# I am trying to fit an GARCH(p,q) model to FX volatility. Should I be interested in the t-value of GARCH parameters?

So what I am trying to do is to model the volatility for different currencies by fitting a GARCH(p, q) model. I am selecting the values of (p, q) by iteratively going through p & q such that max(p, q) = 5. After going through the 24 different combinations of p & q (excluding where p = q = 0), I select the model which has the lowest Akaike Information Criterion. I am doing all this in R using the rugarch package.

For the "best" model selected for some currencies, I observed that the t-value is extremely low. I have observed t-value of omega in a GARCH(1, 1) model as low as 0.09. My question is that can I still use the model if the GARCH parameters are statistically insignificant? Or am I mistaken and the usual "statistical significance of model parameters" which I learned for linear regression doesn't apply for GARCH type models.

I am a newbie to this field but I do not mind trying to learn from the start so any pointers would be greatly appreciated.

The post became kind of lengthy, so if you're only interested in what you should do, just skip to the summary in the end. However, I think most of the confusion about these tests in general stems from a lack of knowledge about what one is actually doing, when applying the test.

First, let's take a look at what we are testing. As you said, you want to see, whether the GARCH parameters are "significant", according to the test, in order to choose a lag order.

Generally, for a parameter estimate $\hat\beta$, we want to test the null hypothesis $\mathcal{H}_0:\hat\beta=\beta_0$ against the alternative $\hat\beta\ne\beta_0$. As we want to see, whether our parameters are "significantly different from zero", we apply the test with $\beta_0=0$. Then, the t-statistic is given by \begin{align}\label{52} t_{\hat\beta}=\frac{\hat\beta-\beta_0}{\sigma_{\hat\beta}}=\frac{\hat\beta}{\sigma_{\hat\beta}}, \end{align} where $\sigma_{\hat\beta}$ denotes the standard error of our estimate $\hat\beta$, i.e. the standard deviation of its sampling distribution.

Now, one of the main assumptions of the test comes into play, namely that the estimator is normally distributed. As you use the rugarch package, estimation is done by MLE. Thus, one can note that the asymptotic distribution of $\hat\beta$ is $\mathcal{N}(0,\sigma_{\hat\beta}^2)$ under the null hypothesis and some regularity conditions. Hence, in this case the t-statistic is asymptotically standard normally distributed. Considering that the standard normal distribution is symmetric, we can approximate the p-value by \begin{align}\label{53} p=2\cdot(1-\Phi(|t_{\hat\beta}|)), \end{align} with $\Phi(\cdot)$ denoting the standard normal cumulative distribution function.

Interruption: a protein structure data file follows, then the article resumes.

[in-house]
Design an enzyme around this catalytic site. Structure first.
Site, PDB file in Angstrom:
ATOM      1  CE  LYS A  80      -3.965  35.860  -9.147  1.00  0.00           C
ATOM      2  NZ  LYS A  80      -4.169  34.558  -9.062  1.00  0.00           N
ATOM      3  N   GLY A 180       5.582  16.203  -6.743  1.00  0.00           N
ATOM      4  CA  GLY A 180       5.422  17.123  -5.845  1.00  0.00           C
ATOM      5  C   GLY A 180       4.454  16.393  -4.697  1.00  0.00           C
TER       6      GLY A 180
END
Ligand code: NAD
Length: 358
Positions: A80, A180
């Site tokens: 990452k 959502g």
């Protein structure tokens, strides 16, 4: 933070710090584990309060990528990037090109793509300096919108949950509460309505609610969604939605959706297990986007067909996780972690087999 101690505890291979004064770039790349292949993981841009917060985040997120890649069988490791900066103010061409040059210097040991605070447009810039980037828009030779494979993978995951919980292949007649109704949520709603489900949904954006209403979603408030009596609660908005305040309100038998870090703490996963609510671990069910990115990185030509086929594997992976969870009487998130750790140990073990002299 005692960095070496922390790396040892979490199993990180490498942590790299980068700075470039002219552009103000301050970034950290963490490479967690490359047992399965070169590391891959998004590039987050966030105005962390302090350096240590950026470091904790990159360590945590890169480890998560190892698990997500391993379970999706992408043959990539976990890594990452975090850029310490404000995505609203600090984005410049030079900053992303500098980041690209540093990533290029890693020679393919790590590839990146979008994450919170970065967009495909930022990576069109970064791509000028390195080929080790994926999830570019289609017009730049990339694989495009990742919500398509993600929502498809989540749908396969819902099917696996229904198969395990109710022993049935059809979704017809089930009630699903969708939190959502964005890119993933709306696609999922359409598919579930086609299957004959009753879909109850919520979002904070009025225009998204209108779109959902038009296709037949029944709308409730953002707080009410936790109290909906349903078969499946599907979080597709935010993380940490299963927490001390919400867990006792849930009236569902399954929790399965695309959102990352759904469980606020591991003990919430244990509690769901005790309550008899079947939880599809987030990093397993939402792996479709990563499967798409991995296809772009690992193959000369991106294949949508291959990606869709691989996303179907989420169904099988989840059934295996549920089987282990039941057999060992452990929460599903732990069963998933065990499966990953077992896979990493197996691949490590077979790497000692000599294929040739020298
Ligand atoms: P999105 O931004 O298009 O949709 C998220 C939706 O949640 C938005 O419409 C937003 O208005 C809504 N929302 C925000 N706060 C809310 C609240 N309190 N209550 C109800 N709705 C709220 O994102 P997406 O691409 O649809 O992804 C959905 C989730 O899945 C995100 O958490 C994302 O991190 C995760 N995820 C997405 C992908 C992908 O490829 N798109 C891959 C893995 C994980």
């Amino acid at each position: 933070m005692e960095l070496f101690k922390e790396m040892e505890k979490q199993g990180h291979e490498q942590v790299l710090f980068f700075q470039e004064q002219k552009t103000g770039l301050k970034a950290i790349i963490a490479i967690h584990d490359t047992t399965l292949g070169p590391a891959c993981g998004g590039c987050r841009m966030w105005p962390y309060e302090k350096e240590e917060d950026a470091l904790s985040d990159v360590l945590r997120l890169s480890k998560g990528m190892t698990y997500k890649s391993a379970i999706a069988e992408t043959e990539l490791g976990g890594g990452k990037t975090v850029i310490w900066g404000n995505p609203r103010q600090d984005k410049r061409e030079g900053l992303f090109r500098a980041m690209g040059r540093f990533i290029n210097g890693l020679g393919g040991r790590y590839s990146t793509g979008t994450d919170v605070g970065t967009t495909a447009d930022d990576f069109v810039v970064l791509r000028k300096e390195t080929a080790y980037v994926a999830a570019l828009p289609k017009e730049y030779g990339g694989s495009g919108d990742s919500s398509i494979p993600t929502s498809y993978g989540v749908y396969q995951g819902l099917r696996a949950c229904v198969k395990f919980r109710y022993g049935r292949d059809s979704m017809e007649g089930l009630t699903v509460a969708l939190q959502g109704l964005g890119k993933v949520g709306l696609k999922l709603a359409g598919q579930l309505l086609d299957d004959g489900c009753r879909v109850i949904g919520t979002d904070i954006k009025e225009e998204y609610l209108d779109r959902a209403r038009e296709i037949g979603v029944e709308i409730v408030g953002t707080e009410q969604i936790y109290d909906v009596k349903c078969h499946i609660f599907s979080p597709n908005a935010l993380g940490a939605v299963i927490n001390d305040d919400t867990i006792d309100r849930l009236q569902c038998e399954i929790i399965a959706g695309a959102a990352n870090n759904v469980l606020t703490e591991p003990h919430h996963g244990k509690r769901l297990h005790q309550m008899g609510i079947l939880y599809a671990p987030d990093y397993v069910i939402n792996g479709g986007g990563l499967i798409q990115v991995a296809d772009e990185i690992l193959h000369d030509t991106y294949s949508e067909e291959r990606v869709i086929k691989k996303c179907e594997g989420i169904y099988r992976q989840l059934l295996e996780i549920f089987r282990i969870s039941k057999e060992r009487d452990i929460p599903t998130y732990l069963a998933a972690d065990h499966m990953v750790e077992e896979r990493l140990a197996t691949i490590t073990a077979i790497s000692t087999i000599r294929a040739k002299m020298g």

Numerically, to use this test, we firstly have to compute the standard error $\sigma_{\hat\beta}$. This can be (and usually is) done for every estimated parameter at once, by approximating the covariance matrix $\Sigma$ with the inverse observed information matrix ${\mathcal I}^{-1}$. The latter is given by the negative hessian of the likelihood $-\hat{\mathbf{H}}$, or the hessian of the negative likelihood, evaluated at the maximum likelihood estimate. Altogether, this means \begin{align}\label{54} \Sigma\approx\mathcal{I}^{-1}=(-\hat{\mathbf{H}})^{-1}, \end{align} which yields the standard errors for every parameter estimate, by calculating \begin{align}\label{55} \sqrt{\text{diag}\left((-\hat{\mathbf{H}})^{-1}\right)}. \end{align}

Now, let's look into some of the possible issues one might encounter:

• The estimator could be non-normally distributed. In your case, as you're using MLE, the asymptotic gaussian distribution could be inaccurate for small sample sizes.
• The inversion of the hessian may prove to be difficult and require high numerical precision, specifically for highly (in)significant parameters.
• It should be kept in mind that, inherently, statistical tests don't give you the probability that the null hypothesis is true, but the probability of observing the data, given that the null hypothesis is true.

In summary, what I wanted to say is: The test certainly has its issues and shouldn't be used as the only deciding factor. However, it can provide some insight into the impact that a parameter has on a model's estimates.
Thus, when deciding the lag order of models, one should always additionally consult other model selection measures, like e.g. information criteria (AIC/BIC). The t-values can be used as pointers, which parameters could be omitted for a potentially better fit.